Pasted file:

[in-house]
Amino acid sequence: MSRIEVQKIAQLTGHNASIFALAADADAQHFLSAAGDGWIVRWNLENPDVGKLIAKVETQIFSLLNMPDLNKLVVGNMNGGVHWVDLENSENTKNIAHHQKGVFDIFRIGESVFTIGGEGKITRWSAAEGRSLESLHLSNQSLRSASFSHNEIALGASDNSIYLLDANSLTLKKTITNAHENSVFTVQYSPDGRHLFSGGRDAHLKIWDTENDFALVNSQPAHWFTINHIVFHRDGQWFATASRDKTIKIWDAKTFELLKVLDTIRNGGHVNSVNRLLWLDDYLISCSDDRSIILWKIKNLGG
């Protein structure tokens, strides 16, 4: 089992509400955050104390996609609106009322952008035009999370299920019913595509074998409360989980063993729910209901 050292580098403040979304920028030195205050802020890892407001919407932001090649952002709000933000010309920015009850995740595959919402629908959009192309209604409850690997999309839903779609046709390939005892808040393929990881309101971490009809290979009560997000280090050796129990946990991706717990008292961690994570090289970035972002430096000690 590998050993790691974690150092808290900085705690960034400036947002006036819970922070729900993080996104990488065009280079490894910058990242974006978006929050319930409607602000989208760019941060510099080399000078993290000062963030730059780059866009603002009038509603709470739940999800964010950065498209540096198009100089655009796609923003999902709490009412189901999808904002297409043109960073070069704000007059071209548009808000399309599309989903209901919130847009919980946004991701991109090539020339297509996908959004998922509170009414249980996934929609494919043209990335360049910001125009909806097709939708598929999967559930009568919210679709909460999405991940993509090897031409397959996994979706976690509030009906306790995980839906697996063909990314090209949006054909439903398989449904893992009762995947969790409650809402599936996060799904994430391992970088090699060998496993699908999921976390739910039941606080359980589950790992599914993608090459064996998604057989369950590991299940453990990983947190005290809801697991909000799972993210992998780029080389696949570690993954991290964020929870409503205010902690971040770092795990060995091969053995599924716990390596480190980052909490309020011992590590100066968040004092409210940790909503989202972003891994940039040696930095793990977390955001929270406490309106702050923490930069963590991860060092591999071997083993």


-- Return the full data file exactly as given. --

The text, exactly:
[in-house]
Amino acid sequence: MSRIEVQKIAQLTGHNASIFALAADADAQHFLSAAGDGWIVRWNLENPDVGKLIAKVETQIFSLLNMPDLNKLVVGNMNGGVHWVDLENSENTKNIAHHQKGVFDIFRIGESVFTIGGEGKITRWSAAEGRSLESLHLSNQSLRSASFSHNEIALGASDNSIYLLDANSLTLKKTITNAHENSVFTVQYSPDGRHLFSGGRDAHLKIWDTENDFALVNSQPAHWFTINHIVFHRDGQWFATASRDKTIKIWDAKTFELLKVLDTIRNGGHVNSVNRLLWLDDYLISCSDDRSIILWKIKNLGG
């Protein structure tokens, strides 16, 4: 089992509400955050104390996609609106009322952008035009999370299920019913595509074998409360989980063993729910209901 050292580098403040979304920028030195205050802020890892407001919407932001090649952002709000933000010309920015009850995740595959919402629908959009192309209604409850690997999309839903779609046709390939005892808040393929990881309101971490009809290979009560997000280090050796129990946990991706717990008292961690994570090289970035972002430096000690 590998050993790691974690150092808290900085705690960034400036947002006036819970922070729900993080996104990488065009280079490894910058990242974006978006929050319930409607602000989208760019941060510099080399000078993290000062963030730059780059866009603002009038509603709470739940999800964010950065498209540096198009100089655009796609923003999902709490009412189901999808904002297409043109960073070069704000007059071209548009808000399309599309989903209901919130847009919980946004991701991109090539020339297509996908959004998922509170009414249980996934929609494919043209990335360049910001125009909806097709939708598929999967559930009568919210679709909460999405991940993509090897031409397959996994979706976690509030009906306790995980839906697996063909990314090209949006054909439903398989449904893992009762995947969790409650809402599936996060799904994430391992970088090699060998496993699908999921976390739910039941606080359980589950790992599914993608090459064996998604057989369950590991299940453990990983947190005290809801697991909000799972993210992998780029080389696949570690993954991290964020929870409503205010902690971040770092795990060995091969053995599924716990390596480190980052909490309020011992590590100066968040004092409210940790909503989202972003891994940039040696930095793990977390955001929270406490309106702050923490930069963590991860060092591999071997083993």